A: So you think that these beliefs are very harmful for us but secure some for example family system or something like that?
P: They aren’t only harmful. They might be harmful in terms of how they keep us small or they keep us away from successes. Once we realize that they origin from another time where they had a perfect function for us and they really kept us safe, and we want to change them, we can not hate them; we actually become grateful for the safety they provided. Then we can negotiate with this belief and chose some better beliefs for us now.
A: Pernille, now we live in a time where everybody wants to be happy and successful and get some high level of life, sometimes we don’ t want to feel sad or angry. On the workshop in Krakow you told us that emotions is energy in motions. Now will be my questions, If somebody is angry or he feels upset and he will take some pills or switch TV on or drink some alcohol because he wants to delete this kind of feeling. Where is that energy? Will stay in his body?
P: Yes, very much in the body. I believe that when we suppress feelings of anger or anxiety, or positive emotions as well like excitement, they stay in our body and they lead to many illness. When you keep your anger inside, you can get problems with the digestion, for instance.
A: You know I have some wonderful professor at my University and she told us if you have headache don’t take pills, you have to think what this pain is trying to tell you?
P: Sometimes it can be very overwhelming, because sometimes if you had in your history experience about suppressing your emotions because of safety reasons and then after you grow up, somebody tells you, you have to feel your emotions, you encourage yourself to ask your emotions what they want to tell you; that can be very overwhelming. So we need to do it in small steps. Not start with the most difficult situations but from the little irritation or disappointment and then just really feel what it feels like. From our workshops, you know feeling our feelings is not the same as acting them out. We don’t have to scream and shout if we want to feel our anger, we can just sit in a chair and be curious about our body sensations that anger evokes. Just be curious about it. What would be an image that would describe this feeling? What kind of emotion is it? And get it to know it carefully.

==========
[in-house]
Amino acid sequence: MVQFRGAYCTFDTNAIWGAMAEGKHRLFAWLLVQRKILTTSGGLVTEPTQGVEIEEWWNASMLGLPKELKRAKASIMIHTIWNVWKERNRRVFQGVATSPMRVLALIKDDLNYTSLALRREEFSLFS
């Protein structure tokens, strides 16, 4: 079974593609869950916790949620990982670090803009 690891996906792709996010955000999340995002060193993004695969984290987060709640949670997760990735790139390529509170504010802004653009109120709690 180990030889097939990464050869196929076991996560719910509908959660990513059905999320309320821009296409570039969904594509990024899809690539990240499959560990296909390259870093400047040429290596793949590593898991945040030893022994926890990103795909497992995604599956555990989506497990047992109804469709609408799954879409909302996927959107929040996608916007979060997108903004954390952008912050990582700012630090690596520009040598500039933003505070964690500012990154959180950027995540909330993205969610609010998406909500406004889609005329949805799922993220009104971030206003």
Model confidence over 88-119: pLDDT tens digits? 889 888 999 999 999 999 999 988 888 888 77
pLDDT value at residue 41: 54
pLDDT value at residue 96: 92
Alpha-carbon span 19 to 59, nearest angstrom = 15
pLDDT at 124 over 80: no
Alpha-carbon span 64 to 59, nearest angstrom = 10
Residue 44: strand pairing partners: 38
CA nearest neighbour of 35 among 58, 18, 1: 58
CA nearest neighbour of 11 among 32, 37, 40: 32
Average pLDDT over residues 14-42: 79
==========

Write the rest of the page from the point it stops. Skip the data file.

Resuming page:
A: Yes, you are right. I meet many people who put their time into many activities but they don’t put their time to their inside world. So we can conclude, that if you feel something, you can ask yourself what this emotion wants to tell you?
P: And one question that I like specifically is what this emotions longing for. In Nonviolent Communication we assume that feelings are how we experience if our needs are met – positive feelings – or unmet – negative feelings.
Very often we have two needs or two emotions at the same time, that seems to pull in opposite directions. For example, the need for rest and the need for being trustworthy that keeps you from resting until you have done what you promised. It is important to distinguish between the need (rest, trustworthiness) and the strategy (lying on the sofa, or working hard until midnight). There might be other strategies that better serve both needs, for instance, renegotiating your deadline, or acquiring help, or having a power nap before continuing. What it takes is that we find a language to communicate our needs and engage in a discussion about strategies that takes everybody’s needs into consideration.
* Nonviolent Communication (abbreviated NVC, also called Compassionate Communication or Collaborative Communication) is a communication process developed by Marshall Rosenberg beginning in the 1960s. It focuses on three aspects of communication: self-empathy (defined as a deep and compassionate awareness of one's own inner experience), empathy (defined as an understanding of the heart in which we see the beauty in the other person), and honest self-expression (defined as expressing oneself authentically in a way that is likely to inspire compassion in others).
** Edited byJoanne Ashby